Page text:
# Thread: Different Results Using Parametric and Nonparametric Tests

1. ## Different Results Using Parametric and Nonparametric Tests

Hi, all.

I'm stuck on a problem and hope someone can help.

After running a one-way ANOVA on SPSS, I found that the Levene stat showed that the assumption of homogeneity of variance had been violated. So instead of using the ANOVA table, I ran the Welch and Brown-Forsythe tests, both of which showed significance.

I could just leave it at that, but I want to delve a bit deeper.

Does it make sense here to run a nonparametric test (Kruskall-Wallis, to be exact)? I figured that since one of the assumptions of parametric tests had been violated, I should look at the K-W test.

So I ran the K-W test, and it does not show significance. Thus, I have two different tests telling me two different things (parametric test showing significance, nonparametric test showing nonsignificance).

Am I completely misunderstanding the purpose of these tests? If not, how do I reconcile different findings?

2. ## Re: Different Results Using Parametric and Nonparametric Tests

What are the sample sizes like?

3. ## Re: Different Results Using Parametric and Nonparametric Tests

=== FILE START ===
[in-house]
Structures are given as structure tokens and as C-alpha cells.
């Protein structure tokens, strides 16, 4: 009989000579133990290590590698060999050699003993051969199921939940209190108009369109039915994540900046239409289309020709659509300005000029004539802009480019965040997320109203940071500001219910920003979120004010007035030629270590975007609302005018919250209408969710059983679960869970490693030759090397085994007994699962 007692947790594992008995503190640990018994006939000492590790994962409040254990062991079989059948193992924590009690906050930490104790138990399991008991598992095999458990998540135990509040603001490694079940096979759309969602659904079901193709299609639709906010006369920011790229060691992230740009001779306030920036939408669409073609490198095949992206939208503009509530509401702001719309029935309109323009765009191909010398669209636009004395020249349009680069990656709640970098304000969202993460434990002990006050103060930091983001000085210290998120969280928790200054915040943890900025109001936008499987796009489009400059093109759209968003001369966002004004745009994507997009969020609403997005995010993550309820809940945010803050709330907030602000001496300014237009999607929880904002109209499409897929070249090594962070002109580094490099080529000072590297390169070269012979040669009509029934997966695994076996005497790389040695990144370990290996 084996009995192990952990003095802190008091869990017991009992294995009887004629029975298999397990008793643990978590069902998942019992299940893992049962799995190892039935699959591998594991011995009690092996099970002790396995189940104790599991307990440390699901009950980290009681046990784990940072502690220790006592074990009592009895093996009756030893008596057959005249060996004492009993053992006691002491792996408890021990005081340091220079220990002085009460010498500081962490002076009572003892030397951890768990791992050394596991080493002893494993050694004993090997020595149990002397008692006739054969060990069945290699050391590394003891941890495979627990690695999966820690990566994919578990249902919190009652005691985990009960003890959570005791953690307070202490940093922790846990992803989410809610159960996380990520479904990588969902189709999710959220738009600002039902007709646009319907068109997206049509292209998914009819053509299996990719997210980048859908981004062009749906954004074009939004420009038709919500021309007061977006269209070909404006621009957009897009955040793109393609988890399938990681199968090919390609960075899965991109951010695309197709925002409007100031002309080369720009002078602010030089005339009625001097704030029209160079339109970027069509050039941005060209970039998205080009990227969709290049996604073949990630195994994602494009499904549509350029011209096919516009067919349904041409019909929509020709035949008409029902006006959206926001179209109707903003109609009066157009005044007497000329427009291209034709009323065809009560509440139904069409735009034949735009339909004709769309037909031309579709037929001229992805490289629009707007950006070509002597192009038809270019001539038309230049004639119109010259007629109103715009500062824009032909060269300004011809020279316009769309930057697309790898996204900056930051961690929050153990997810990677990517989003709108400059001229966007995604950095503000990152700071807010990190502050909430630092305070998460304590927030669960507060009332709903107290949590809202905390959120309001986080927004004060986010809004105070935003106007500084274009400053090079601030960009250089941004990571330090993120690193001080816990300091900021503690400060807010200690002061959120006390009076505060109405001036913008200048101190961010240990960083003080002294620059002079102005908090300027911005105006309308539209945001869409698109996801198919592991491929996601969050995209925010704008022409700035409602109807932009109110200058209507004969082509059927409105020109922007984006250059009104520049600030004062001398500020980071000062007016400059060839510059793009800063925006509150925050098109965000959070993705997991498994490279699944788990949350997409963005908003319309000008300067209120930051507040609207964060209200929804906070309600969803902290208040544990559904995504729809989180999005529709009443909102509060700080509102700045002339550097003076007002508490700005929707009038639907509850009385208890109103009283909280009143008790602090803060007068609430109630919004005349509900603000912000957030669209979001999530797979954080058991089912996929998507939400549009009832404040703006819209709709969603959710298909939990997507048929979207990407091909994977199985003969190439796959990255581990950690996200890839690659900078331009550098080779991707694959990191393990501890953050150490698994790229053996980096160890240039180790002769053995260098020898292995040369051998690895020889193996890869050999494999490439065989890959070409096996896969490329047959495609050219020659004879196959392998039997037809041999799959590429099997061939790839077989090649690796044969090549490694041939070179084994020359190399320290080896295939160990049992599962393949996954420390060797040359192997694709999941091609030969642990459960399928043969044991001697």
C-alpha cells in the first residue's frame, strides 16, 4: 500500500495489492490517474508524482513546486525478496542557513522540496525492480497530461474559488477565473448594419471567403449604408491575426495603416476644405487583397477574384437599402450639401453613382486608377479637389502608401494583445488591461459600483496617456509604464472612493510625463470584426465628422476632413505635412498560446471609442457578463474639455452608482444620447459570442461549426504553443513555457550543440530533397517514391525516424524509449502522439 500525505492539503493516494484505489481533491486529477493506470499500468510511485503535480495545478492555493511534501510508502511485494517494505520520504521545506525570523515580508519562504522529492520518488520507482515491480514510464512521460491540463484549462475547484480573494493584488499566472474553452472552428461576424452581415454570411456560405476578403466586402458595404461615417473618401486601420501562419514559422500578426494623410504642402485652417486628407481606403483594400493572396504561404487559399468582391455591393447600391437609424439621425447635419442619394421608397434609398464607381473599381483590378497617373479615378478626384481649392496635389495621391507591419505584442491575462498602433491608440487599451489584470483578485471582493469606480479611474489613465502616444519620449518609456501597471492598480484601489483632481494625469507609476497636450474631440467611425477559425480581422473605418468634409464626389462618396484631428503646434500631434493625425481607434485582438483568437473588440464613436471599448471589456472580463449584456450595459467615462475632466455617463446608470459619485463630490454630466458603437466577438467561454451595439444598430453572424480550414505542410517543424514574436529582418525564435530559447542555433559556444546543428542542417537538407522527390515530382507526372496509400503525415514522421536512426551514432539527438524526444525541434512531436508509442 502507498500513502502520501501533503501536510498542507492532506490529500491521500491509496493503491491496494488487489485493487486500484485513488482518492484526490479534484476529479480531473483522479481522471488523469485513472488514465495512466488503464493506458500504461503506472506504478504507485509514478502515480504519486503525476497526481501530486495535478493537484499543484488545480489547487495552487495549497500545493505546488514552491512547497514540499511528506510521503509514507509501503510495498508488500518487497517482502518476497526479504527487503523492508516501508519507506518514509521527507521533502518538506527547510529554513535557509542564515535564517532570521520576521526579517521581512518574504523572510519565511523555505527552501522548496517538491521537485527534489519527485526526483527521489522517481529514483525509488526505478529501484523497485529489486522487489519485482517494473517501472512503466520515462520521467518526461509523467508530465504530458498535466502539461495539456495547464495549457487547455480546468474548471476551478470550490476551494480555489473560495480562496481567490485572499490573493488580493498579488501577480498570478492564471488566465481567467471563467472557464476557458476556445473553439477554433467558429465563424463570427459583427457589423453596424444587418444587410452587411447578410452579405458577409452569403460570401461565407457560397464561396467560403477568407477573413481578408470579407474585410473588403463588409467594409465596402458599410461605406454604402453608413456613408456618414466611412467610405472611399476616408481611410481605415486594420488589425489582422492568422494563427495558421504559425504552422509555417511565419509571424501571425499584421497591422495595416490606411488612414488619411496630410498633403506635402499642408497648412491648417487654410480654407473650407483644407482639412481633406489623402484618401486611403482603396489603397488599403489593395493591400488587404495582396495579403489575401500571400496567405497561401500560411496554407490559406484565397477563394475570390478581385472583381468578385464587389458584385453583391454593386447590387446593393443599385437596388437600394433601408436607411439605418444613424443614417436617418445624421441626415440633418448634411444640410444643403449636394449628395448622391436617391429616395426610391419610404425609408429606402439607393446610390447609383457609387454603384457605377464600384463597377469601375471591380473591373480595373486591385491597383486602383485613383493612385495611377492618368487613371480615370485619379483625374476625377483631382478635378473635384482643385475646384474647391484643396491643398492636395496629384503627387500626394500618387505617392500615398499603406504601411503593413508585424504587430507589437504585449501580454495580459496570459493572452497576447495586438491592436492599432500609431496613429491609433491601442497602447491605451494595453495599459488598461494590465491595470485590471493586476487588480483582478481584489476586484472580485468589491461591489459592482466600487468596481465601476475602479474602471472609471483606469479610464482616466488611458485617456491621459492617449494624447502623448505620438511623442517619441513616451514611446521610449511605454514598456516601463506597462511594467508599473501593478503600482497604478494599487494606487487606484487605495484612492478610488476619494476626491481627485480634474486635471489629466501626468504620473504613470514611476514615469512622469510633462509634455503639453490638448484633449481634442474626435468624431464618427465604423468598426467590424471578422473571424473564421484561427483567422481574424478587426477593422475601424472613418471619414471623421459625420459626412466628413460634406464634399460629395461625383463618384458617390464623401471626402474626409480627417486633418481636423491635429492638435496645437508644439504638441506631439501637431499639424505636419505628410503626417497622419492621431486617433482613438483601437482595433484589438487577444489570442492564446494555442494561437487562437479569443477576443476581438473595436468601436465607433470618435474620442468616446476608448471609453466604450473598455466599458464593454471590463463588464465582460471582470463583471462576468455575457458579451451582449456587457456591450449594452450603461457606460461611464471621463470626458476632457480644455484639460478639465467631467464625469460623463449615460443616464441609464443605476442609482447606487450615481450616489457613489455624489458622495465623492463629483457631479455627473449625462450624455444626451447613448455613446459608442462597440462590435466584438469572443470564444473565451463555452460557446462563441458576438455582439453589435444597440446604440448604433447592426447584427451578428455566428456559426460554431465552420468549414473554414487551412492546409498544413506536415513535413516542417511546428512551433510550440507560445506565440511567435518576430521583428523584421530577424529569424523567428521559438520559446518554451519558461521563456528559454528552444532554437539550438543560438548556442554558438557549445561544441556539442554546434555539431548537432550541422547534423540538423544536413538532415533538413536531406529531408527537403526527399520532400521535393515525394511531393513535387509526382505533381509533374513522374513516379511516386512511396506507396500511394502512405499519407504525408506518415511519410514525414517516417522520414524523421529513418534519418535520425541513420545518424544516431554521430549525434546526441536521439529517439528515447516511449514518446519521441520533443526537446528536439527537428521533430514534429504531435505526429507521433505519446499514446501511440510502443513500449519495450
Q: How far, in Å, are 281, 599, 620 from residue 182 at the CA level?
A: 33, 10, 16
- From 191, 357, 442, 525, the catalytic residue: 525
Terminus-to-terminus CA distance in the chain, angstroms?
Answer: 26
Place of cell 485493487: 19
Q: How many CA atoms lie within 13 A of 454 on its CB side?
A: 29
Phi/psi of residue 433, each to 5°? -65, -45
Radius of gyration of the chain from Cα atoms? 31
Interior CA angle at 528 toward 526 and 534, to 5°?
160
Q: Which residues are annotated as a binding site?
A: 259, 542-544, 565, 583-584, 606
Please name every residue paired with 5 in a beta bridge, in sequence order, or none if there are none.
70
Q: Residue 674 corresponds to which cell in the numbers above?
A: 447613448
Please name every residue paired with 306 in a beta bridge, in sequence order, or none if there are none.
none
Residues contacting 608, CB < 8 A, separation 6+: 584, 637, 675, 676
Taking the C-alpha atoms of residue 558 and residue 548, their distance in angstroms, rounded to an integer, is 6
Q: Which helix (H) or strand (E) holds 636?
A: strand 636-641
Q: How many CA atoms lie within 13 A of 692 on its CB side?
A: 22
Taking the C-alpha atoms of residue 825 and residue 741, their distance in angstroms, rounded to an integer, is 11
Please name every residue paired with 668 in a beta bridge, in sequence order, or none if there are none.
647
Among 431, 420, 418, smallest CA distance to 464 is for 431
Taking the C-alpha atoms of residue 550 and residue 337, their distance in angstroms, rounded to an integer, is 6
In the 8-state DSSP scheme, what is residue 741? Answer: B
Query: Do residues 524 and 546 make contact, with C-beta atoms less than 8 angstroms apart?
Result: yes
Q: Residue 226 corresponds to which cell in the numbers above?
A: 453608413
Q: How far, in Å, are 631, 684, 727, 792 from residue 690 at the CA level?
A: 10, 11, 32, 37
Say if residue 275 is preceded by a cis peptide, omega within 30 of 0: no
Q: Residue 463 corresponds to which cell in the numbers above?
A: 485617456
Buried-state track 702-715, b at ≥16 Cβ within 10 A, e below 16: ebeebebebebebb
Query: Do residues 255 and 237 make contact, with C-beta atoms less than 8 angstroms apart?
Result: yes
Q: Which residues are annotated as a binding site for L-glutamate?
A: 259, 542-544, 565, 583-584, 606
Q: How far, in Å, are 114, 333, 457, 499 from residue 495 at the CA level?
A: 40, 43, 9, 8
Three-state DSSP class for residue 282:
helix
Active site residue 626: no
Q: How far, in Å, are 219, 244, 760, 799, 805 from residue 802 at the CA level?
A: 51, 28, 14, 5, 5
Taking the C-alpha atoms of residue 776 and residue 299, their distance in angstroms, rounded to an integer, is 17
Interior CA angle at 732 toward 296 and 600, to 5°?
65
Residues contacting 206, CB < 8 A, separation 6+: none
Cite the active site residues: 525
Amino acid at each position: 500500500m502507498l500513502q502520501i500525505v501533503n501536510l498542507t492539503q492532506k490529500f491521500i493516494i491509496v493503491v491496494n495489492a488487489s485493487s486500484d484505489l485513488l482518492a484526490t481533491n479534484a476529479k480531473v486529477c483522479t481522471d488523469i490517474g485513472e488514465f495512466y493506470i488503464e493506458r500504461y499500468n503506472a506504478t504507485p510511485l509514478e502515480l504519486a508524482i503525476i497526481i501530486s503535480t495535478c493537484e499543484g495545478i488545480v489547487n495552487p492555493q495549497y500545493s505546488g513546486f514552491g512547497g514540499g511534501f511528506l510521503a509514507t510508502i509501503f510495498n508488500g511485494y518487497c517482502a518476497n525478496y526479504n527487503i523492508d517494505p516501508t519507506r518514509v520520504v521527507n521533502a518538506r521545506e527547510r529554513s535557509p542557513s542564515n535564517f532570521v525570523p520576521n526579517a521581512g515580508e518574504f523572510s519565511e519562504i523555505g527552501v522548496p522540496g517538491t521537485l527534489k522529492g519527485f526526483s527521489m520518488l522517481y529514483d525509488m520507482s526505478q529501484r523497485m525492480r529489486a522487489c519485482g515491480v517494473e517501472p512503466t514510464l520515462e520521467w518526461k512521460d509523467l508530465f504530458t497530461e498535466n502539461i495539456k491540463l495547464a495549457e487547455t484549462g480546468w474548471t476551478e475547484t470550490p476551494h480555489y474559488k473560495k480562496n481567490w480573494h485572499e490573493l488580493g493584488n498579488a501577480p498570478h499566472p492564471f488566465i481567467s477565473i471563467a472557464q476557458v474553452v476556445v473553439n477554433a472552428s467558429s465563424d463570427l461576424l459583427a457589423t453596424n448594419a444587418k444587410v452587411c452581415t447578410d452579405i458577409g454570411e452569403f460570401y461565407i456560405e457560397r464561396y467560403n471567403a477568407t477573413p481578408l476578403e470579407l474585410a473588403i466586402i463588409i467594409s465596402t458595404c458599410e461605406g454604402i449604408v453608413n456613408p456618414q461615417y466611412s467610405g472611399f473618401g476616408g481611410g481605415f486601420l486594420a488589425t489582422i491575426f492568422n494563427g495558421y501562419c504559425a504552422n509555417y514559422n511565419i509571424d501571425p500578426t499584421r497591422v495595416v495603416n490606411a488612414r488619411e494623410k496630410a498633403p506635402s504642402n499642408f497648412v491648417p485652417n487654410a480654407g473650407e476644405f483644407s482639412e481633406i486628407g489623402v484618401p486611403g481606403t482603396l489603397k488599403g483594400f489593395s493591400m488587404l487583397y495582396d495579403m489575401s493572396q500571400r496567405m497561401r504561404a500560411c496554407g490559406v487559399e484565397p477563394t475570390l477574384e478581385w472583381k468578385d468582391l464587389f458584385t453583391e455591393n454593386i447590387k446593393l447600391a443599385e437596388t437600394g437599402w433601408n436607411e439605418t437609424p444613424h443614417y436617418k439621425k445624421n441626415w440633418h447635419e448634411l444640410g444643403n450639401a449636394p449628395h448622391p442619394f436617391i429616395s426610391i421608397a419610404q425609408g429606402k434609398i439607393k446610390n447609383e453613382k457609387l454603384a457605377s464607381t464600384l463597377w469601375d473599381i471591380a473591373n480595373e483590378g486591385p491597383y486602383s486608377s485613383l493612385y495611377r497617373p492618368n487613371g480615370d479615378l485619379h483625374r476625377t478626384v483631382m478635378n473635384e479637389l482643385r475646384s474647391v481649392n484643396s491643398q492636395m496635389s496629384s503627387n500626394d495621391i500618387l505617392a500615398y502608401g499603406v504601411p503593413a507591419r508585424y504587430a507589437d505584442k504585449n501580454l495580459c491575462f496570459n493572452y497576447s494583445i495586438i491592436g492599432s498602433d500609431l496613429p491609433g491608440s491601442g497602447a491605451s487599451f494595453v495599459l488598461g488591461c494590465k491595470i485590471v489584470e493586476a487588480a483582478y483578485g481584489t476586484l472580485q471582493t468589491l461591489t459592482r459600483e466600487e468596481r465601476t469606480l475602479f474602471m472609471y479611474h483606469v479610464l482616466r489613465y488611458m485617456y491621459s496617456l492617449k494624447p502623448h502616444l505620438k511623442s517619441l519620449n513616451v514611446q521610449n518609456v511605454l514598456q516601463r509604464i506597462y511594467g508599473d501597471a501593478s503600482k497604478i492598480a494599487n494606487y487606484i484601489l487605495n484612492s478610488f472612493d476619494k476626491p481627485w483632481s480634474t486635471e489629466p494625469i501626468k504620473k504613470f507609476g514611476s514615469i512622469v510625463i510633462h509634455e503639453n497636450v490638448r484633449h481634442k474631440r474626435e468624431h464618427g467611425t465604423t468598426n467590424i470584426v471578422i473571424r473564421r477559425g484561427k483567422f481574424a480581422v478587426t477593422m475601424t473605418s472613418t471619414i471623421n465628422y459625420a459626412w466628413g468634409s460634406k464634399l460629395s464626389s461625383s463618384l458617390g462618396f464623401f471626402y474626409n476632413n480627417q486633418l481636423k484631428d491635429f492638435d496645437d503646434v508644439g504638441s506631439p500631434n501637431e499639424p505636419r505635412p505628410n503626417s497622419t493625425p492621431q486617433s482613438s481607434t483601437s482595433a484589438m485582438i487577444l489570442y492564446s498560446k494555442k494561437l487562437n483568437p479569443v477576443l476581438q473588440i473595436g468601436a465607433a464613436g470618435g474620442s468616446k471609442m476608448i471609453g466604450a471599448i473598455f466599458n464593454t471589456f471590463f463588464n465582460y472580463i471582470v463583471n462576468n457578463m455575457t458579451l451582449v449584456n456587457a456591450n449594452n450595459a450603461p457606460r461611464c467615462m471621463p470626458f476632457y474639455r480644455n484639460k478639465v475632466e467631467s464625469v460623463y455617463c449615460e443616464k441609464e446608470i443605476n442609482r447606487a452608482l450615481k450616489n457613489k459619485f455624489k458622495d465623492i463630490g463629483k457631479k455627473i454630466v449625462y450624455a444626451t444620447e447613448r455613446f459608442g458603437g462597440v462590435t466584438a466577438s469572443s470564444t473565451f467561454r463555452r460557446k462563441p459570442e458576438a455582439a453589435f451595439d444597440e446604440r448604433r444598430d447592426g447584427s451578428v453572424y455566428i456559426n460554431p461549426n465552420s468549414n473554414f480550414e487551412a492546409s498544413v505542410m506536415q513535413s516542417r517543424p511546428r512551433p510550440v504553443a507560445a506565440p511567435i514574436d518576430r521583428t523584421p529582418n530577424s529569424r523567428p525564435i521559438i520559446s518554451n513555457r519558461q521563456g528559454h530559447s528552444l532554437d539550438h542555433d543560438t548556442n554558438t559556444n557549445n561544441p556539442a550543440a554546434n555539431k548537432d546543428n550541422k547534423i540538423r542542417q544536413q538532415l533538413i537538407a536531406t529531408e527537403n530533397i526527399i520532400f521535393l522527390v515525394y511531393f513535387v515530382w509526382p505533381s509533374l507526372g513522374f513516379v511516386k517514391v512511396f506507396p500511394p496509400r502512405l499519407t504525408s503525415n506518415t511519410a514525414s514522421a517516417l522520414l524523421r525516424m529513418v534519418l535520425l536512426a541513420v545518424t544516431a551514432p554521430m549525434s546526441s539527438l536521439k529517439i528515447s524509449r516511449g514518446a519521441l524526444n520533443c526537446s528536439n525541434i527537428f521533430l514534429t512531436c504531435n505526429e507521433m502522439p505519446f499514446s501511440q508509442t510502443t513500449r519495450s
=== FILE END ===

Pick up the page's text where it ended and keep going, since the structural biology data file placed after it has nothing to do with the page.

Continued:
As above, listing some more details would help.

Second, I applaud you for being aware enough to know when your assumptions had been violated and taking proper alternative steps. Kudos.

My third thing is not of much specific help to your problem, but worth mentioning. The idea behind the parametric tests needing to meet certain assumptions is that in the absence of these conditions, some tests can become slightly, highly, or completely unreliable. As such, it's not surprising that a nonparametric test might provide a different result than its parametric counterpart. Nonparametrics do not require normality and deal with the exact data at hand, and this may be (not definitely, maybe) why you have two different results. You should be inclined to trust the K-W test, sample size notwithstanding (and even more so perhaps with different sized groups), because it is proposed to be designed for samples situations such as yours.

4. ## Re: Different Results Using Parametric and Nonparametric Tests

Thanks so much for the quick replies.

The total sample size is 273. One independent variable (categorical), one dependent variable (continuous).

#### Posting Permissions

• You may not post new threads
• You may not post replies
• You may not post attachments
• You may not edit your posts